Also sprach Ian Tindale:

 > > I'm a speech browser on the web. I've been sent an XSL-FO "document".
 > > How do I return to the source?


 > I'd have thought it would be more logical to sort out what kind of
 > UA you are - HTML browser, XML 'browser', television, WAP device,
 > speaky thing, Braille terminal, synthesizer, teapot etc, and send
 > you precisely the kind of stuff you'll be happy with.

Yes, this is a better idea. What's the chance of the average webmaster
providing XSLT scripts for all the devices you list above given that
only 3.7% of W3C member organizations use valid HTML on their home
page [1]?


              Håkon Wium Lie                          cto °þe®ª        

 Aural properties to my mind belong in a stylesheet model of their own, rather than being tucked away in the corner of a visual spec, where they've more chance of being ignored than used. Thus, if you're a speech browser, you'll be sent a differently transformed set of objects, and hopefully a different 'style' sheet also. Neither of which would be applicable to a visual device, but that eventuality would never happen would it.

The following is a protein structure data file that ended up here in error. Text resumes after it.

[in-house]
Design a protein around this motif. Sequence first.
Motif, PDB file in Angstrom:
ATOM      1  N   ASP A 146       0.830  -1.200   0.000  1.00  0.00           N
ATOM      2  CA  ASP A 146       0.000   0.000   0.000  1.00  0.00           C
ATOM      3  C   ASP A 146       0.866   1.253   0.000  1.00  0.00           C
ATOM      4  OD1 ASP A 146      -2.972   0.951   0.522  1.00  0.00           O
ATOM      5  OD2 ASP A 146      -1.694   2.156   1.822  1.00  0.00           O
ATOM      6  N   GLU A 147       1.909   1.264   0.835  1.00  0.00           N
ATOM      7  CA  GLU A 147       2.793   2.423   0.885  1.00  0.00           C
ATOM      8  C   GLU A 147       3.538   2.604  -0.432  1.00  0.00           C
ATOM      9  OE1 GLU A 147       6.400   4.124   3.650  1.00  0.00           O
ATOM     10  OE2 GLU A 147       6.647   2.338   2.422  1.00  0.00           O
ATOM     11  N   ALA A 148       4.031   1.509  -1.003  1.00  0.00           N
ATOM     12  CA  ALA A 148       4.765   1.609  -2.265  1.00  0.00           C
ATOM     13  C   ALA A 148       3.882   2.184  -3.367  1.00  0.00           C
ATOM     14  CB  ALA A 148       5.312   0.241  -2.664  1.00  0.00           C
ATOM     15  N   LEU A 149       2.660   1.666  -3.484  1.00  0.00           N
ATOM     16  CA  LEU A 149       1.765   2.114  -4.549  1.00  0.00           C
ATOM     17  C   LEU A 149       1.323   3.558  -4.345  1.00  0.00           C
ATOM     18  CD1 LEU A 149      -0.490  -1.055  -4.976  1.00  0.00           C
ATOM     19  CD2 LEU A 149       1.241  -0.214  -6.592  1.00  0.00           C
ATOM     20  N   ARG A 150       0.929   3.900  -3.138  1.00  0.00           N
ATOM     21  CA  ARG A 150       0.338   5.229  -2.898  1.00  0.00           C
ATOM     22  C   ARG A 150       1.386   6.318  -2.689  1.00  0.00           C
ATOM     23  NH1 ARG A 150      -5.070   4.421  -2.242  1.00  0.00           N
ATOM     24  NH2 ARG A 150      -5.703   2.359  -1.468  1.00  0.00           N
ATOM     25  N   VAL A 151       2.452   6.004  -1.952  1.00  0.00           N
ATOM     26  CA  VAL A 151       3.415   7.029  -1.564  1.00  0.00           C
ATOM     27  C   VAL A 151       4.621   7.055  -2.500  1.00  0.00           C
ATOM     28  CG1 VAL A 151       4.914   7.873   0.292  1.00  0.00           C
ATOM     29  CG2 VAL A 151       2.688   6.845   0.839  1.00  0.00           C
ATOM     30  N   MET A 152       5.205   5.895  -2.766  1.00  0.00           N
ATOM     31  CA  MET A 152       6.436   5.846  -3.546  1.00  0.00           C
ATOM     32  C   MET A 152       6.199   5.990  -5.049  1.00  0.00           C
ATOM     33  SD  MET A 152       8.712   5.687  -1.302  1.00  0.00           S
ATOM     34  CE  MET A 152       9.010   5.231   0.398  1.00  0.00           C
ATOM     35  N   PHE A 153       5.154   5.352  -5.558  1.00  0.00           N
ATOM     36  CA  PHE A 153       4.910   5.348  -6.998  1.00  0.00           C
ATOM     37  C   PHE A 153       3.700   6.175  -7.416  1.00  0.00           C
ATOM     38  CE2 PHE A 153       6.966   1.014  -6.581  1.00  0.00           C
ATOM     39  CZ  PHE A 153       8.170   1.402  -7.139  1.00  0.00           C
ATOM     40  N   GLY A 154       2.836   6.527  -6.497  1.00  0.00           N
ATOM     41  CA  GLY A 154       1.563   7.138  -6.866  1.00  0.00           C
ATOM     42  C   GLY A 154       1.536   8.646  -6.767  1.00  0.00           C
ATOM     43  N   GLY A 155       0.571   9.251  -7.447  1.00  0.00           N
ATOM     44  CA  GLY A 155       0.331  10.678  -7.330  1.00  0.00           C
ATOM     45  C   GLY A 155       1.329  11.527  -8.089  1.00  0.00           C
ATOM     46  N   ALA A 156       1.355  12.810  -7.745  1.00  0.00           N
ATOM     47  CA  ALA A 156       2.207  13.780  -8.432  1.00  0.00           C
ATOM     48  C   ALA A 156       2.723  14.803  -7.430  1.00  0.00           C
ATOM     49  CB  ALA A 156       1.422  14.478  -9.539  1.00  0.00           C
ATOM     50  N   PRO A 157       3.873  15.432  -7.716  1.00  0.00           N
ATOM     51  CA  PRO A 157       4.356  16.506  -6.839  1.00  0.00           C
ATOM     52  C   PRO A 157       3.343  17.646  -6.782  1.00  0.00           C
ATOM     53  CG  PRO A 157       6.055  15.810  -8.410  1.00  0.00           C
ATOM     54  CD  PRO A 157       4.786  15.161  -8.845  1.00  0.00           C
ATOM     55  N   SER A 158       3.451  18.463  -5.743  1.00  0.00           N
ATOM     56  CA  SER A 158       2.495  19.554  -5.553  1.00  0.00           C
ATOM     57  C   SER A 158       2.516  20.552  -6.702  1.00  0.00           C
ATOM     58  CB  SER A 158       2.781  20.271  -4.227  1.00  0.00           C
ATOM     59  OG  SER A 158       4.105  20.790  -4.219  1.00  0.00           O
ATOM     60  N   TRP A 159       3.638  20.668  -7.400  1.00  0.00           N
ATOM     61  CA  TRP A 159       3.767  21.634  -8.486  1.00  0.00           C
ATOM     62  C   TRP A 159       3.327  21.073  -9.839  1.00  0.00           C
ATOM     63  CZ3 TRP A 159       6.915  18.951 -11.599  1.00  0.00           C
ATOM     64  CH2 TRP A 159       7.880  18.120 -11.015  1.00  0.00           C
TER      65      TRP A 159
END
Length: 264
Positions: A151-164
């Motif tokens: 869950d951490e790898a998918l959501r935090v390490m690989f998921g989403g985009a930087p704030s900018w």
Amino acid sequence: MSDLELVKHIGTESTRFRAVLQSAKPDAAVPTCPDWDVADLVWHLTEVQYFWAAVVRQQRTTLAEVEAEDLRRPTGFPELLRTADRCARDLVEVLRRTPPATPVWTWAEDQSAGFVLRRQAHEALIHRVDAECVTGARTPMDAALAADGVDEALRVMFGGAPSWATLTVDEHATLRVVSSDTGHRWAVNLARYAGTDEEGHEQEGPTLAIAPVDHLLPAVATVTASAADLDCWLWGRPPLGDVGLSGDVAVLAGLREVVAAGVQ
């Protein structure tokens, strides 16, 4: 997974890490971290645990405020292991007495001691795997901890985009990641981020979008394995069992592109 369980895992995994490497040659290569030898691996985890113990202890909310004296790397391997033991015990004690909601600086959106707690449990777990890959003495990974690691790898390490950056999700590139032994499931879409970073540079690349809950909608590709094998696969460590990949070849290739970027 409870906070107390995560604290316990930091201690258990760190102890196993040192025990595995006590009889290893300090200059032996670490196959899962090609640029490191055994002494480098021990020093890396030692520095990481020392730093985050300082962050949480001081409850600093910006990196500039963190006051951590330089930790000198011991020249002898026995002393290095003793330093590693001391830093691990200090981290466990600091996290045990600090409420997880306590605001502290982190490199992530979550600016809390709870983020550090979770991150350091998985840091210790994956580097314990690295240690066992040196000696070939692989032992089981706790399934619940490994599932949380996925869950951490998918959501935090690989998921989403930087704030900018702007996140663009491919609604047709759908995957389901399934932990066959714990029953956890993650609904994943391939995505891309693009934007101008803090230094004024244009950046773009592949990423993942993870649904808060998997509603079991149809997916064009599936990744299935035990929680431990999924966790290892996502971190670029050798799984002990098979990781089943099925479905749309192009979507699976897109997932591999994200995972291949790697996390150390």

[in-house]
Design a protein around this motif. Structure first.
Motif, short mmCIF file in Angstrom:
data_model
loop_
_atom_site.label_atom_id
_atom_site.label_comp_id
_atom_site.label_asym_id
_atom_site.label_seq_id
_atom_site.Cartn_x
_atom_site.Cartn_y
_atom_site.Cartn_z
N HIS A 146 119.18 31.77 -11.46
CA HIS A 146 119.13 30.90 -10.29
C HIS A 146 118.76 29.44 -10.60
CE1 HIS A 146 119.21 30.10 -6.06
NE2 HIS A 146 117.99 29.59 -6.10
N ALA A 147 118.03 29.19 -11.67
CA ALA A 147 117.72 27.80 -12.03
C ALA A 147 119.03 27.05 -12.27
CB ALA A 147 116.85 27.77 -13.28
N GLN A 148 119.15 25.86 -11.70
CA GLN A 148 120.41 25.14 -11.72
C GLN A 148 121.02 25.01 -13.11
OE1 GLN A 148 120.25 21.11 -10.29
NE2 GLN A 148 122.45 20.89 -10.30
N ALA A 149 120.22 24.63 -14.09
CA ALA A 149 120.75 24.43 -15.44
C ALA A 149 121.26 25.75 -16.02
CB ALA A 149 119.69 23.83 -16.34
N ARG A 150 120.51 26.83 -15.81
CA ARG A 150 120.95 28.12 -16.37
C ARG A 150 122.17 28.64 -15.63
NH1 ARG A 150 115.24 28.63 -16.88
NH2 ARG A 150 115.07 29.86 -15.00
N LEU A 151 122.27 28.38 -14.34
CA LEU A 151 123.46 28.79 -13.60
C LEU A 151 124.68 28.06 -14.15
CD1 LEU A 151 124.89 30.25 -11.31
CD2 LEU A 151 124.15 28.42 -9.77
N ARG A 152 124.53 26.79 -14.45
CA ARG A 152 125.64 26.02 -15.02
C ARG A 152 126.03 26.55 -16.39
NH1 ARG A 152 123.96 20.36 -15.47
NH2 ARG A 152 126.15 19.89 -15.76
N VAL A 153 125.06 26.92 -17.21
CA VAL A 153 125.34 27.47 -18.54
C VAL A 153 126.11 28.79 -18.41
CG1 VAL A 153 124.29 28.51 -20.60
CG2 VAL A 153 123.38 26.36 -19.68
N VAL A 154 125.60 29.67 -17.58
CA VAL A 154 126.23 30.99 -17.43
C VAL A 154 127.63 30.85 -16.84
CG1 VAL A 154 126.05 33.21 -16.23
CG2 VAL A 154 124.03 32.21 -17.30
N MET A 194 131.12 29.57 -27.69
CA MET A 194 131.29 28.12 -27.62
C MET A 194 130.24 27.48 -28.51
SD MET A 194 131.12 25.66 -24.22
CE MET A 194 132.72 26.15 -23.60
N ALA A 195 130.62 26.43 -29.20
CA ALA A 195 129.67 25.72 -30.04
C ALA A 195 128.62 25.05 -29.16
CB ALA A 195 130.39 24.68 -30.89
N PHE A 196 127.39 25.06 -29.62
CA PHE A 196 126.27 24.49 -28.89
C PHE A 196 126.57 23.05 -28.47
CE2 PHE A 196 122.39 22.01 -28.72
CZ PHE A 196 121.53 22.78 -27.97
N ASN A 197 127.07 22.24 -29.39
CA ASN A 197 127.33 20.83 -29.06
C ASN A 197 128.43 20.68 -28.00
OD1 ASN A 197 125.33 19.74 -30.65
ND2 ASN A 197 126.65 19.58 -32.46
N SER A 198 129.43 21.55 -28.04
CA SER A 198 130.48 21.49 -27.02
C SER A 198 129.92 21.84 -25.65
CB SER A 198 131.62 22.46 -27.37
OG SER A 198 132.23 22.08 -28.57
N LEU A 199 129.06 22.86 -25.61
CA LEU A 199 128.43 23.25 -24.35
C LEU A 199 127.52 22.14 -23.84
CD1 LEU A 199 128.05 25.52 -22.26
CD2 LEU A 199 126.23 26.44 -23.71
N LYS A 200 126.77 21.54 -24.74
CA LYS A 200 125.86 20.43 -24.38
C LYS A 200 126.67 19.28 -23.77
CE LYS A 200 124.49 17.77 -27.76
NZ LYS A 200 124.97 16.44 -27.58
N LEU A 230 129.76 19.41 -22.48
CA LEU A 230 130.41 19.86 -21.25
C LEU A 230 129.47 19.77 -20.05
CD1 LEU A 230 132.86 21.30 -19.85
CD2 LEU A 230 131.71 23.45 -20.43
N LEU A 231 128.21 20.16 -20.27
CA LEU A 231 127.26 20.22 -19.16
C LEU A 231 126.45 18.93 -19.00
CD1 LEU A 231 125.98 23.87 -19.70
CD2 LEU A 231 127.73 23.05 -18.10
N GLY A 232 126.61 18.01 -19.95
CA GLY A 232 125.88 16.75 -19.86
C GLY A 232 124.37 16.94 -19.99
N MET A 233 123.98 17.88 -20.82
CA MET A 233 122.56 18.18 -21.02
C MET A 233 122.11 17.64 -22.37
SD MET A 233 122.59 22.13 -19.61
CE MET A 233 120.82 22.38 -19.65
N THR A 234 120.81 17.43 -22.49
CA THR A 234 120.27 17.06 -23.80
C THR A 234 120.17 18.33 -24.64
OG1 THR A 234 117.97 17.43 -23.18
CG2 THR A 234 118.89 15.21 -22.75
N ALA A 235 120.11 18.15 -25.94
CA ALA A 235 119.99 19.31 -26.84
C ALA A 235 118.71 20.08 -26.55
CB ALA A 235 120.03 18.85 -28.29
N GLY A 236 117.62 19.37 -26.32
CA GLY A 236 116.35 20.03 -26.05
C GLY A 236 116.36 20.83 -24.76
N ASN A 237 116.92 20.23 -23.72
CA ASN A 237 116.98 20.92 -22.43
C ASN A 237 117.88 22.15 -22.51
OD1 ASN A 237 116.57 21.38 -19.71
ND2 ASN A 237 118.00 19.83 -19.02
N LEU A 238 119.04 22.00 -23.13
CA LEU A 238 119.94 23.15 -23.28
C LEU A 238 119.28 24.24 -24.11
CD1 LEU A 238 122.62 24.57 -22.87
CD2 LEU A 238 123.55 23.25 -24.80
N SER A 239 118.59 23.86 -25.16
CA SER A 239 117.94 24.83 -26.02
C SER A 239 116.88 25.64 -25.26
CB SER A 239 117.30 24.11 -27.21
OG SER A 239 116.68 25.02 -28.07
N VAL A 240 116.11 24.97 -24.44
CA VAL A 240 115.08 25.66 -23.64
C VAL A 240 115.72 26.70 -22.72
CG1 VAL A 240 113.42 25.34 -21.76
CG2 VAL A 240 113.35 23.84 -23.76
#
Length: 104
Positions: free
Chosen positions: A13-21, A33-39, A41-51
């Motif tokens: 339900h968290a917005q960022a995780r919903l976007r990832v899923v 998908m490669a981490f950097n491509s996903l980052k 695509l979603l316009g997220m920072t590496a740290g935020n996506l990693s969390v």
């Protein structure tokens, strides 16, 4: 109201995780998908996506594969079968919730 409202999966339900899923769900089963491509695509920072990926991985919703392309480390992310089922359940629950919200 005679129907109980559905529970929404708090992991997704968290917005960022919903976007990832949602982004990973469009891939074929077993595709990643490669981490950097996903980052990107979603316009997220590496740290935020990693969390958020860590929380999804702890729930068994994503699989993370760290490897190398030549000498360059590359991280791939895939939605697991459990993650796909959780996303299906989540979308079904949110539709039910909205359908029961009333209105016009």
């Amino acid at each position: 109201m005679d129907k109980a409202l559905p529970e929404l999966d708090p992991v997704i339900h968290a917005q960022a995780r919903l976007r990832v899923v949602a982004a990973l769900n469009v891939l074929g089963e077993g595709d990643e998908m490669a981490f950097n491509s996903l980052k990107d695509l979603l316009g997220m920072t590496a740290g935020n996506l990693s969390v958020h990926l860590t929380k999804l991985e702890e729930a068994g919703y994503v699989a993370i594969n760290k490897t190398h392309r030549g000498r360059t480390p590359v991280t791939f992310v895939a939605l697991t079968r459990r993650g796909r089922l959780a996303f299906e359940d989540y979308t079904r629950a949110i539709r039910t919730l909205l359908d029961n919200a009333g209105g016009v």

> Rather than letting accessibility in a little bit, like giving a concession 'oh, here, have this dusty corner of the style sheet spec', why not have entire style sheet modes for different sensory environments, and deliver appropriately?
 > Ian Tindale

Received on Thursday, 5 September 2002 19:06:40 UTC